Familitizing health: Why patient portals have a long way to go

Posted by Courtney Larned

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Feb 4, 2014 11:00:00 AM

I tripped over an interesting article last week, and bookmarked it away. I finally got back to it over the weekend, and I've since been thinking about the whole "it takes a village" concept, and how applicable that is to managing health, or more appropriately, managing illness.

The article was in Medical Economics, and discussed how patients are wanting to share their medical information with people outside of the traditional care team of doctors, but there are challenges and regulatory obstacles to get family, caregivers, friends, and others involved in care access to the information.

solve the problems

Referencing research from a January report in the Journal of the American Medical Association, the article mentioned that of the 18,000 people interviewed, 79% of them wanted a loved one to have access to their medical information to help with communication and healthcare coordination.

I think that is phenomenal. I wholeheartedly believe that patients and their families are underutilized in healthcare. I also believe that the collaborative approach to managing health/illness is way more effective. But I had to roll my eyes a little bit at the thought of the current solution for this being family and care partners logging into an EHR's patient portal system, using a single set of credentials meant for the patient. Say what?!?

  • No customized viewing settings or different levels of sharing,
  • Think of the headaches if you wanted to revoke access from someone,
  • Security! Privacy! No audit trails!

And unless you have lived in a bubble, chances are pretty good that you've got medical records at multiple hospitals, and in multiple doctor's offices. Even with better access for you and your care team, the information is still fragmented and spread across multiple facilities.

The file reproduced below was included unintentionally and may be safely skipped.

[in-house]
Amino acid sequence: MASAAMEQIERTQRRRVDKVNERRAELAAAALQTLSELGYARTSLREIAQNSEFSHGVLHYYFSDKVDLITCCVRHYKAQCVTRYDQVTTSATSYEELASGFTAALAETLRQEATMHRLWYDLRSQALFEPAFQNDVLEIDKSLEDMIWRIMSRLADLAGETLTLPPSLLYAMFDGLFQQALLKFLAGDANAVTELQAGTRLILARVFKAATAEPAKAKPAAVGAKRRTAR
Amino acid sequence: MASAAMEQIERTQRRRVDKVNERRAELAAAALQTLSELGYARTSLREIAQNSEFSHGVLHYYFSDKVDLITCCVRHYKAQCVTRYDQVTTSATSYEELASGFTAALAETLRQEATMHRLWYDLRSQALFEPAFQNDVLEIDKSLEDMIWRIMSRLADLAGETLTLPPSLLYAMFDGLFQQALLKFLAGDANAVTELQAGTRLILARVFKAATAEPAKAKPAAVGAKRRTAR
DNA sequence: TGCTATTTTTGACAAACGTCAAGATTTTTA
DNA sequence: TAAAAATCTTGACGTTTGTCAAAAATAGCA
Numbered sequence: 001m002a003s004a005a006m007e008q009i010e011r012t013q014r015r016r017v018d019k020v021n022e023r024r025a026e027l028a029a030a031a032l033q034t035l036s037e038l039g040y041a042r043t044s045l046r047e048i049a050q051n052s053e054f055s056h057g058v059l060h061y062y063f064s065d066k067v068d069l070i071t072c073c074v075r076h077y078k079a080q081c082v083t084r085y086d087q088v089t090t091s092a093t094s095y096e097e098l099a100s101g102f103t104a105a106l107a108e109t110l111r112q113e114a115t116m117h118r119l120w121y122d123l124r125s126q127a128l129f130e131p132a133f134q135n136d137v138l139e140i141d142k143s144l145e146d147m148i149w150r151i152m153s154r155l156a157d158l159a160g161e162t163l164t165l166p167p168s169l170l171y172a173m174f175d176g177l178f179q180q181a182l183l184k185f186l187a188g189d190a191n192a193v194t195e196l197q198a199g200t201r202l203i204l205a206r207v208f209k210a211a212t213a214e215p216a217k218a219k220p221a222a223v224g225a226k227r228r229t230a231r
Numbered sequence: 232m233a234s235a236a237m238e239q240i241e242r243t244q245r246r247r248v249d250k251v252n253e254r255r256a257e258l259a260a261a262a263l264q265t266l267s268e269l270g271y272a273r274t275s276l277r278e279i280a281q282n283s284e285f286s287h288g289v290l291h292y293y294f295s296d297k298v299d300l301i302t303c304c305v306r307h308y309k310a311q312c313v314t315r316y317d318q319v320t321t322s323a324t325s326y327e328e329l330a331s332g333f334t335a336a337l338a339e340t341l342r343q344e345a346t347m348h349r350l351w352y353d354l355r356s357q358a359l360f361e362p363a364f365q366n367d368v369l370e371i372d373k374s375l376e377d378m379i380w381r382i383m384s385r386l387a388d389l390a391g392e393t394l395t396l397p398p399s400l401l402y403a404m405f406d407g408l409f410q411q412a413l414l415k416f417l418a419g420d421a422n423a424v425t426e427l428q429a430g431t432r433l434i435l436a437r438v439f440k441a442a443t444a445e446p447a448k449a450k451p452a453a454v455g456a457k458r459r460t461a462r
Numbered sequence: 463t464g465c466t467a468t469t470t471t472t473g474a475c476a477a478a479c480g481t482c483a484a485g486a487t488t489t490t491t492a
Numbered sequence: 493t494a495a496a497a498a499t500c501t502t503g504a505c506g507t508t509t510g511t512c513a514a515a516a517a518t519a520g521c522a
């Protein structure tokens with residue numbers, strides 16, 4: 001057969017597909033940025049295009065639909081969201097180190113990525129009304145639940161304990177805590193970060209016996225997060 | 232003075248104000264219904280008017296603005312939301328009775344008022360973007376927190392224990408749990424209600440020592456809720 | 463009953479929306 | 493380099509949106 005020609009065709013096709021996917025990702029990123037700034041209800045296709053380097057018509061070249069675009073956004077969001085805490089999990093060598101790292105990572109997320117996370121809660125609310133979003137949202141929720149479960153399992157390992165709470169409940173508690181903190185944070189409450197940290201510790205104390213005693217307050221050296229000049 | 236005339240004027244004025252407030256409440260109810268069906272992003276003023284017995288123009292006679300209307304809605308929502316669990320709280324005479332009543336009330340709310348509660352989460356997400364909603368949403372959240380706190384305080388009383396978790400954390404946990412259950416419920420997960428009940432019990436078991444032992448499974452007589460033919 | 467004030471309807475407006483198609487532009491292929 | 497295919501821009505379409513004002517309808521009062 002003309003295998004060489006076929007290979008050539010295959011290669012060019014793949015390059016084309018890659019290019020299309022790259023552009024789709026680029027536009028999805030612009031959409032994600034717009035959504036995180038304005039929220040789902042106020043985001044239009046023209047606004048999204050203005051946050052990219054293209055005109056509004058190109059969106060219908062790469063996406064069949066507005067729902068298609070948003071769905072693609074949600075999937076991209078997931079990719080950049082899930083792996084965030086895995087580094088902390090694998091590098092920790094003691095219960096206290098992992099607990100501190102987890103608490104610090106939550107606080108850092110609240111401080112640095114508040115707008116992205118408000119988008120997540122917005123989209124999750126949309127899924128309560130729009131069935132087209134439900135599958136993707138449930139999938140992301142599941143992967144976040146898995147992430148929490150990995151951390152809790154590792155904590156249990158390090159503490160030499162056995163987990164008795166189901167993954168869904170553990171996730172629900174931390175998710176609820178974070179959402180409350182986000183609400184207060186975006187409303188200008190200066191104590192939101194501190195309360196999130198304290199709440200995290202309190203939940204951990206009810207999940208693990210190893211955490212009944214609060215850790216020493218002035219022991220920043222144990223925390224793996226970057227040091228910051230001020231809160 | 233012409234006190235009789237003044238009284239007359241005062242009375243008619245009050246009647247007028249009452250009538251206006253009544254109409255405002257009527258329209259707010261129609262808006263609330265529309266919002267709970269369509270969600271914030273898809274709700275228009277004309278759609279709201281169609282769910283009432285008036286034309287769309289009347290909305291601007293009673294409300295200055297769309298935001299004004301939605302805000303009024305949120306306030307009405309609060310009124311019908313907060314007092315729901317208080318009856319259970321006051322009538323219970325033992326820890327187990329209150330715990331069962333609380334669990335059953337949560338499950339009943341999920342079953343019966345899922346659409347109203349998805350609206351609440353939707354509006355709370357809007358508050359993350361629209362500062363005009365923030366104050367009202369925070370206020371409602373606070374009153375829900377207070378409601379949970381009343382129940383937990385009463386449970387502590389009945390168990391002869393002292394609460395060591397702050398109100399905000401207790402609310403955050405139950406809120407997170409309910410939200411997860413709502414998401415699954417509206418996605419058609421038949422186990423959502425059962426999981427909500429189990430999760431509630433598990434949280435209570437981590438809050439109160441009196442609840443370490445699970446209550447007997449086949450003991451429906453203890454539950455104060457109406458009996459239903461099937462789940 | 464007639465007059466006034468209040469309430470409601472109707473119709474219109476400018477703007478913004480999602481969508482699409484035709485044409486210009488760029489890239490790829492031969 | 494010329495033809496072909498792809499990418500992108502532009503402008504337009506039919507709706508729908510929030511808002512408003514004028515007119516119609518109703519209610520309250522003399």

It's nearly impossible to communicate an accurate health story with such silo'd data.

To me, this shouldn't even be a discussion we are having in 2014. But, since we are, I want to say this: Patients, and their families and care teams, absolutely should have access to their health information. They should have it available when they need it, on the devices they use. Sharing settings should be simple, but granular enough to share the right information with the right people. All of the stakeholders in the patient's health should be able to communicate and participate.

All that said, I don't think that we should sit around and wait for our doctors and hospitals to provide it to us. Because we'll be waiting a long time.

This is why CareSync just works. Patients, families, and care teams can now access all of the patient's medical records from all of their providers. Our clinically trained team gathers and transcribes the records into meaningful summaries that can be filtered and shared. All of the stakeholders involved benefit with these newly opened channels of communication.

CareSync's web and mobile applications allow patients and their care teams to collaboratively manage information, tasks, and then document care plans from the point of care. CareSync facilitates communication between the patient/care team and their providers. Complete health summaries give all stakeholders the most relevant, up-to-date snapshot of the patient. We already know the power of being able to effectively share your health story!

We can sit around and wait for hospitals, doctors, and the electronic medical records companies to come up with more robust portals that include not just the patient, but also the extended care team, but I'd rather just take the situation into my own hands.

And I did. I hired CareSync to get all of my records from all of my providers. My representative transcribed the plans and assessments from my past medical visits to make the information meaningful and shareable. I use the web and iOS apps to use that information to collaborate with my family and care team, and share the information to receive the best possible care.

I love that I have family, friends, and non traditional caregivers able to help me as I make important decisions about my health.

How about you? Would you fall into that 79% that wants to collaboratively manage health with your loved ones?

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